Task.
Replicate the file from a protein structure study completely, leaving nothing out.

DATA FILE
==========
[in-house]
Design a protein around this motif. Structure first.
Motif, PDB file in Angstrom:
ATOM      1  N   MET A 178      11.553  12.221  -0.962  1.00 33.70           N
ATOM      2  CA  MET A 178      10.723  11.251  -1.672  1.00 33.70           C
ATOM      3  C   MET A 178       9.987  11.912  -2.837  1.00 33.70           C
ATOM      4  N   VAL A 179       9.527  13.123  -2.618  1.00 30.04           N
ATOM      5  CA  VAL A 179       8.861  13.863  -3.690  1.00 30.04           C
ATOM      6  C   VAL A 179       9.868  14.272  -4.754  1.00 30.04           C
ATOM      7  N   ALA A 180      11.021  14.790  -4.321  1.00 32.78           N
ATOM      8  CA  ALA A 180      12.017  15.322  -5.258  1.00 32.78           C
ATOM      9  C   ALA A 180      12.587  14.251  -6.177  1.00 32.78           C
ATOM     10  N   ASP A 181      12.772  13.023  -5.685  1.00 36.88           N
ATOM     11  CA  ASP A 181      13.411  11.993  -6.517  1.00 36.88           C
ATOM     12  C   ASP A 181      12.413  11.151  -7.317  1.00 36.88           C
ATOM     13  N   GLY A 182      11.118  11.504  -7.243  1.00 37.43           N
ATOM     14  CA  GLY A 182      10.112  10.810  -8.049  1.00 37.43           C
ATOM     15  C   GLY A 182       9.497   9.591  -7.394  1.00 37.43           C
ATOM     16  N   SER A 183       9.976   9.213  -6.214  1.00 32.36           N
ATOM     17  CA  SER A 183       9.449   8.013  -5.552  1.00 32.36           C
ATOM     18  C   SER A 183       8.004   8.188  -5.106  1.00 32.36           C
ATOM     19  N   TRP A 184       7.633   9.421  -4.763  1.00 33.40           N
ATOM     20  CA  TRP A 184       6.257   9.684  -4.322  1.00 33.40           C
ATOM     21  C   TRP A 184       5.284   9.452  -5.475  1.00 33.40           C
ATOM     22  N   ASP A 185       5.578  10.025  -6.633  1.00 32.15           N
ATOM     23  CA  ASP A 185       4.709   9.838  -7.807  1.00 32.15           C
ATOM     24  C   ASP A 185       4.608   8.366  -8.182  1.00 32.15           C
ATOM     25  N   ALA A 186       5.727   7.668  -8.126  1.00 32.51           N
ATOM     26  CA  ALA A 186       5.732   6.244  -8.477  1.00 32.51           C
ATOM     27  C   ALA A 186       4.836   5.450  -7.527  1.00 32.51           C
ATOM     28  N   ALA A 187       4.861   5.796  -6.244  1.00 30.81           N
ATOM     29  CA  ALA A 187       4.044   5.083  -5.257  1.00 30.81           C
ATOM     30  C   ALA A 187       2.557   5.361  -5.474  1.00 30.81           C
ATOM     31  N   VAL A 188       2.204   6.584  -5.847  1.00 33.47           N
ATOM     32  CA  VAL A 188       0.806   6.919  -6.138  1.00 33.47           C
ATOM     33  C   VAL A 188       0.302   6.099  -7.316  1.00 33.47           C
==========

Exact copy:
[in-house]
Design a protein around this motif. Structure first.
Motif, PDB file in Angstrom:
ATOM      1  N   MET A 178      11.553  12.221  -0.962  1.00 33.70           N
ATOM      2  CA  MET A 178      10.723  11.251  -1.672  1.00 33.70           C
ATOM      3  C   MET A 178       9.987  11.912  -2.837  1.00 33.70           C
ATOM      4  N   VAL A 179       9.527  13.123  -2.618  1.00 30.04           N
ATOM      5  CA  VAL A 179       8.861  13.863  -3.690  1.00 30.04           C
ATOM      6  C   VAL A 179       9.868  14.272  -4.754  1.00 30.04           C
ATOM      7  N   ALA A 180      11.021  14.790  -4.321  1.00 32.78           N
ATOM      8  CA  ALA A 180      12.017  15.322  -5.258  1.00 32.78           C
ATOM      9  C   ALA A 180      12.587  14.251  -6.177  1.00 32.78           C
ATOM     10  N   ASP A 181      12.772  13.023  -5.685  1.00 36.88           N
ATOM     11  CA  ASP A 181      13.411  11.993  -6.517  1.00 36.88           C
ATOM     12  C   ASP A 181      12.413  11.151  -7.317  1.00 36.88           C
ATOM     13  N   GLY A 182      11.118  11.504  -7.243  1.00 37.43           N
ATOM     14  CA  GLY A 182      10.112  10.810  -8.049  1.00 37.43           C
ATOM     15  C   GLY A 182       9.497   9.591  -7.394  1.00 37.43           C
ATOM     16  N   SER A 183       9.976   9.213  -6.214  1.00 32.36           N
ATOM     17  CA  SER A 183       9.449   8.013  -5.552  1.00 32.36           C
ATOM     18  C   SER A 183       8.004   8.188  -5.106  1.00 32.36           C
ATOM     19  N   TRP A 184       7.633   9.421  -4.763  1.00 33.40           N
ATOM     20  CA  TRP A 184       6.257   9.684  -4.322  1.00 33.40           C
ATOM     21  C   TRP A 184       5.284   9.452  -5.475  1.00 33.40           C
ATOM     22  N   ASP A 185       5.578  10.025  -6.633  1.00 32.15           N
ATOM     23  CA  ASP A 185       4.709   9.838  -7.807  1.00 32.15           C
ATOM     24  C   ASP A 185       4.608   8.366  -8.182  1.00 32.15           C
ATOM     25  N   ALA A 186       5.727   7.668  -8.126  1.00 32.51           N
ATOM     26  CA  ALA A 186       5.732   6.244  -8.477  1.00 32.51           C
ATOM     27  C   ALA A 186       4.836   5.450  -7.527  1.00 32.51           C
ATOM     28  N   ALA A 187       4.861   5.796  -6.244  1.00 30.81           N
ATOM     29  CA  ALA A 187       4.044   5.083  -5.257  1.00 30.81           C
ATOM     30  C   ALA A 187       2.557   5.361  -5.474  1.00 30.81           C
ATOM     31  N   VAL A 188       2.204   6.584  -5.847  1.00 33.47           N
ATOM     32  CA  VAL A 188       0.806   6.919  -6.138  1.00 33.47           C
ATOM     33  C   VAL A 188       0.302   6.099  -7.316  1.00 33.47           C